Another alternative is to build a hitch carrier that holds the propane tanks high up in the rear (so a car like collision would "miss" it.

Other alternatives (expensive) is to use the under frame propane tanks, which are terribly expensive. ($400 for the tank alone).

My heater is $150 at most for 18,000 btu.

If I get away with a regular 20lb propane tank, an additional advantage is that it is readily exchanged or refilled anywhere.

That is a major advantage.

One thought is to place the propane tank in a framed, sealed area with a vent that only allow air to go in but not out, and a screened area opened to the underside ---

Such an opening comes "stock" in my 2005 on the Right rear corner, where a metal plate can be unbolted and just screened over.

It is roughly 4" X 4".

That is a natural place for the propane tank to be located.
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Old 04-09-2010, 03:46 PM
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Quote:
My experience is you want to pull cool, dry air in past the front windows, and exhaust it as hot moist air in the rear, rather than the other way around that gives it a chance to form condensation.
Hadn't thought of that.

Quote:
also by using fan banks in parallel.
My plan exactly if one fan isn't enough.
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Old 04-09-2010, 04:28 PM
gearloose1 gearloose1 is offline
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The catch is, if you are using a roof vent, it naturally "aspirates" outward an upward as you are driving.

The issue is with snow ice blocking the vent and having to go up and clean it.

If you exhaust from the back window, there must be:

A) positive pressure inside car (fan forced) because there is a vacuum there otherwise exhausts get in car.

B) Or a way to close the vent fairly tight when you are moving

Even shutters / flaps that only flow in one direction, spring or gravity loaded... will do the trick,

C) another possibility is to use a "stack" that catches the air at the top of the van, which then "draws" it as you drive along.

Think of a reverse "scoop" facing backward that is just at or below roof level.




Whatever you do, exhausting forward is bad news because you are condensing the moisture on the cold windows --- and in deep freeze, that means you get thick ice buildup inside the windows.. and have to be manually scraped.



The other alternative is to exhaust through the side -- door or window... or whatever.
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Old 04-09-2010, 06:37 PM
gearloose1 gearloose1 is offline
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BTW, your VAN is looking really good!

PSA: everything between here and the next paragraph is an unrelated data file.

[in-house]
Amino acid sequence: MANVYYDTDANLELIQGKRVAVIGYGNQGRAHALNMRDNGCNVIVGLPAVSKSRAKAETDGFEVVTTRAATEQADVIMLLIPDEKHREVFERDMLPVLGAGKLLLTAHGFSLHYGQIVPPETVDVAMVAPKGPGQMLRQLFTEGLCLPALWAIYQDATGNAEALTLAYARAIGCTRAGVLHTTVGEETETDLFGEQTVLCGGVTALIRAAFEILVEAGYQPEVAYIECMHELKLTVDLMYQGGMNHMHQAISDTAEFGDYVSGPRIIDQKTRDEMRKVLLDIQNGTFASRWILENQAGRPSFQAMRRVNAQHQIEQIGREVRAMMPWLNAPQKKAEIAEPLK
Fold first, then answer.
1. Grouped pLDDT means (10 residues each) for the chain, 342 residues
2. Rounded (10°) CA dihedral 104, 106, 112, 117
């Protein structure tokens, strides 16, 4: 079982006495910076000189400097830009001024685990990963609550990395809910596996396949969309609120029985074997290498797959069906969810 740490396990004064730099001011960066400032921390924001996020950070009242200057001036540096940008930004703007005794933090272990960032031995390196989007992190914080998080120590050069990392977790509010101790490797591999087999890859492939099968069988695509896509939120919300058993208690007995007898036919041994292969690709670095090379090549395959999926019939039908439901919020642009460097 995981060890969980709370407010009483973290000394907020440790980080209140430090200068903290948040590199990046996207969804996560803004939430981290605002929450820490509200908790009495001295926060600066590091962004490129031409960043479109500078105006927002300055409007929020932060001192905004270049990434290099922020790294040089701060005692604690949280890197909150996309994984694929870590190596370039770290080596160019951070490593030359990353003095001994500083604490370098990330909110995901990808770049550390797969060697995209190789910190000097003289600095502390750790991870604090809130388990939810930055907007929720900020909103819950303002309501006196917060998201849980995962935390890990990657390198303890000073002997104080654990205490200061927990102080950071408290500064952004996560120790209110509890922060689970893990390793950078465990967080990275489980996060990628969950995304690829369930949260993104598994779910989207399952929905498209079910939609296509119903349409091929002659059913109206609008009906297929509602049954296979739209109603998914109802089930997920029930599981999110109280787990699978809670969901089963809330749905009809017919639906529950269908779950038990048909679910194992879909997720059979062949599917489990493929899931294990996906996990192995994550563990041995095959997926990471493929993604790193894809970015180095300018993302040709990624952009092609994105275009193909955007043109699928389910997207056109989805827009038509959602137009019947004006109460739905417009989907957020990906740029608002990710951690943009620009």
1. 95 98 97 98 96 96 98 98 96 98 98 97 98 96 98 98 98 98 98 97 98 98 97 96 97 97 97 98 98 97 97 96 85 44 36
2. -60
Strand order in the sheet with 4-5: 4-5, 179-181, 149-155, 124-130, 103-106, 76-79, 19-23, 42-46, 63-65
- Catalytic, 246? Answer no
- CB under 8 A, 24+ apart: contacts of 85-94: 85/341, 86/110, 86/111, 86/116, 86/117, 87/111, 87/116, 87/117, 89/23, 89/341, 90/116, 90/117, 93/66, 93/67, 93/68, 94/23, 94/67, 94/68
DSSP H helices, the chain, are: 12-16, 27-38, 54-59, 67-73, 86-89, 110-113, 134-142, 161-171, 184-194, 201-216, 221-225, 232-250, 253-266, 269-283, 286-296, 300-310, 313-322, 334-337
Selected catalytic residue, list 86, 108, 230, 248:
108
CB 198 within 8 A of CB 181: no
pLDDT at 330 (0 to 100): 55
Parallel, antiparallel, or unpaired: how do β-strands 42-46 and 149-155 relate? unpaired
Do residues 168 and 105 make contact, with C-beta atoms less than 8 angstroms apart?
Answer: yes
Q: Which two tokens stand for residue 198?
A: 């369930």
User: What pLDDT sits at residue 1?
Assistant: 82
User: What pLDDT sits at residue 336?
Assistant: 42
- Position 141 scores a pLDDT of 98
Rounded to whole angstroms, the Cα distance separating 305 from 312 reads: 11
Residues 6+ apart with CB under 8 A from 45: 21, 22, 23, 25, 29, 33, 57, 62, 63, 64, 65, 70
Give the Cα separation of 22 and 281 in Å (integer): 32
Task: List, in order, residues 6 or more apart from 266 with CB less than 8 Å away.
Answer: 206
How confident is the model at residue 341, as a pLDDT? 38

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Old 04-09-2010, 06:59 PM
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This is a fun thread for me...

Quote:
Originally Posted by gearloose1 View Post
BTW, your VAN is looking really good!
My first two vans, a 1973 Ford E200 (bought in 1986) and a 1986 GMC (bought in 1988 when we decided we LIKED vans) were Turtle Top camper vans. We slept in them very rarely but they were wonderful bike-tour support vehicles with the tops popped, as a base camp.

The original Ford had a dual battery setup with an AC/DC fridge in it; the GMC had an icebox (still quite handy, maybe more so) but had a small propane heater that dumped out the left side of the van. The propane tank for the heater and the propane cooktop was under the left rocker panel, and was covered by a really crude steel box built by Turtle Top, probably. Lots of carwashes would tell me to go away... The system eventually started leaking, and I just let it go, but when the heater worked, our son was a baby, and it was great to just keep the van warm in super cold temps while at an outlet mall or something. Someone could stay in the van with the kid, everyone else could shop. Or in the infield at a NASCAR race they were way cool.

I've just got a passenger conversion 2002 E150 now; great compromise for what we do--traveling and base camp use. We are going to Columbus this weekend to watch my son race in a couple collegiate bike races both days, and use the van as base camp.

I'll keep watching; even though I may not build a full camper van, I'm always game to steal an idea or two.

George
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Old 04-09-2010, 08:02 PM
gearloose1 gearloose1 is offline
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I'll keep watching; even though I may not build a full camper van, I'm always game to steal an idea or two.

George

Thanks for coming by!

What I am trying to do is to find a way around the $80,000 or more motor homes.

I like the van format for 2 or 3 people. The fuel economy of a van without the big top.

I also think we all have to learn to live with less --- smaller spaces, etc.

So I am trying to do this thing on a shoestring.

I also think most RVs are basically built for a very limited temperature range and gas hogs.

That is, both fuel on the road and energy used while sitting still.

I am trying to get near house level insulation (R10) and economies to let me use this thing for nearly all weather camping.. all year.. everywhere from Alaska in winter to Mexico in the midst of summer.

Tall order!
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Old 04-09-2010, 08:02 PM